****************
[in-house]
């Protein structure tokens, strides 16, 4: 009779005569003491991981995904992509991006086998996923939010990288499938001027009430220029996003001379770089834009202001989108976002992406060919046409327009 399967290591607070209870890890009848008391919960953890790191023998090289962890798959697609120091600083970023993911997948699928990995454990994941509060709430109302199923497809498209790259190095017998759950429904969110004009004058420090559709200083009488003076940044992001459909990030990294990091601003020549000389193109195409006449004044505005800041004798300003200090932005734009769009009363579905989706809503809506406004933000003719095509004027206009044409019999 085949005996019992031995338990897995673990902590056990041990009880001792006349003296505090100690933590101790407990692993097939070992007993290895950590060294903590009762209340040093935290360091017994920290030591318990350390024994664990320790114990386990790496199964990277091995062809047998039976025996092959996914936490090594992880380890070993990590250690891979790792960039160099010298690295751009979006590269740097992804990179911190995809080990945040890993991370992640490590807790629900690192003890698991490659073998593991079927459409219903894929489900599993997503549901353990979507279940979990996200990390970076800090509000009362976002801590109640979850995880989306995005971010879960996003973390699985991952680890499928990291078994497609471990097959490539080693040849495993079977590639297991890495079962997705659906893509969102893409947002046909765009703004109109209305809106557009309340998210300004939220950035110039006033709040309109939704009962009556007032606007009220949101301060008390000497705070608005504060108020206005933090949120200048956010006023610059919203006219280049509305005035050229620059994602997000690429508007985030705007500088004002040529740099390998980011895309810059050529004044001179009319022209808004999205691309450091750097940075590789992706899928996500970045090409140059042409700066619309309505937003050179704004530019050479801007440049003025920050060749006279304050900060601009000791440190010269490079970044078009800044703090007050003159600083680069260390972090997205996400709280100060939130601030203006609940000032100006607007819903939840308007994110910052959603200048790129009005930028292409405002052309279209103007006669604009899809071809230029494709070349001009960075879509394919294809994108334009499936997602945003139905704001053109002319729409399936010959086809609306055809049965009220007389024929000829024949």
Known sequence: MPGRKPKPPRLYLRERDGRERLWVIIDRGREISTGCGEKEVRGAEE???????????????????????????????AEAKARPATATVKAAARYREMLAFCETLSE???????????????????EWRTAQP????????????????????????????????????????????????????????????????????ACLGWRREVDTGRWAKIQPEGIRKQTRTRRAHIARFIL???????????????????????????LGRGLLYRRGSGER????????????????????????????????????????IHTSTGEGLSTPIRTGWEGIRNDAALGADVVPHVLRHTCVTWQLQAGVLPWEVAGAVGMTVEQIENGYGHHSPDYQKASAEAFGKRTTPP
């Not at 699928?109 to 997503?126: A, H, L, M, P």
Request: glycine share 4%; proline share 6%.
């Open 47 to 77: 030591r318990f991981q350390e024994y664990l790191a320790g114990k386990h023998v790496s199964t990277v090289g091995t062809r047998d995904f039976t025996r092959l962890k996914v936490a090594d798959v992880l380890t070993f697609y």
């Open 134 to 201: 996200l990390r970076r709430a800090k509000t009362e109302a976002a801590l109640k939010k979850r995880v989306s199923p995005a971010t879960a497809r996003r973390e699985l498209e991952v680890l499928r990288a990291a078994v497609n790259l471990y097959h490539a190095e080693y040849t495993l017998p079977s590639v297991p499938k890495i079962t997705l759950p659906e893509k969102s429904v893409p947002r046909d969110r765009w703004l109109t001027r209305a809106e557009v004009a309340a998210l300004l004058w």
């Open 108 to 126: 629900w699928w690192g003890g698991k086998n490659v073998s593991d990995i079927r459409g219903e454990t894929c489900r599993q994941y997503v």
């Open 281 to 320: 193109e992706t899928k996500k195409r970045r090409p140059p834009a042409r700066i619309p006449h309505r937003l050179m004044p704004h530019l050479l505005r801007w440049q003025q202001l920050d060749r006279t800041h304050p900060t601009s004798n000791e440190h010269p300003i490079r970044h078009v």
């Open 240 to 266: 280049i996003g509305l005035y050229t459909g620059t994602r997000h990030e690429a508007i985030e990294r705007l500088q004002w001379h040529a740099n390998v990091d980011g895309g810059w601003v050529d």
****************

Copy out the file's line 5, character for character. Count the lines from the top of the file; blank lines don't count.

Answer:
Request: glycine share 4%; proline share 6%.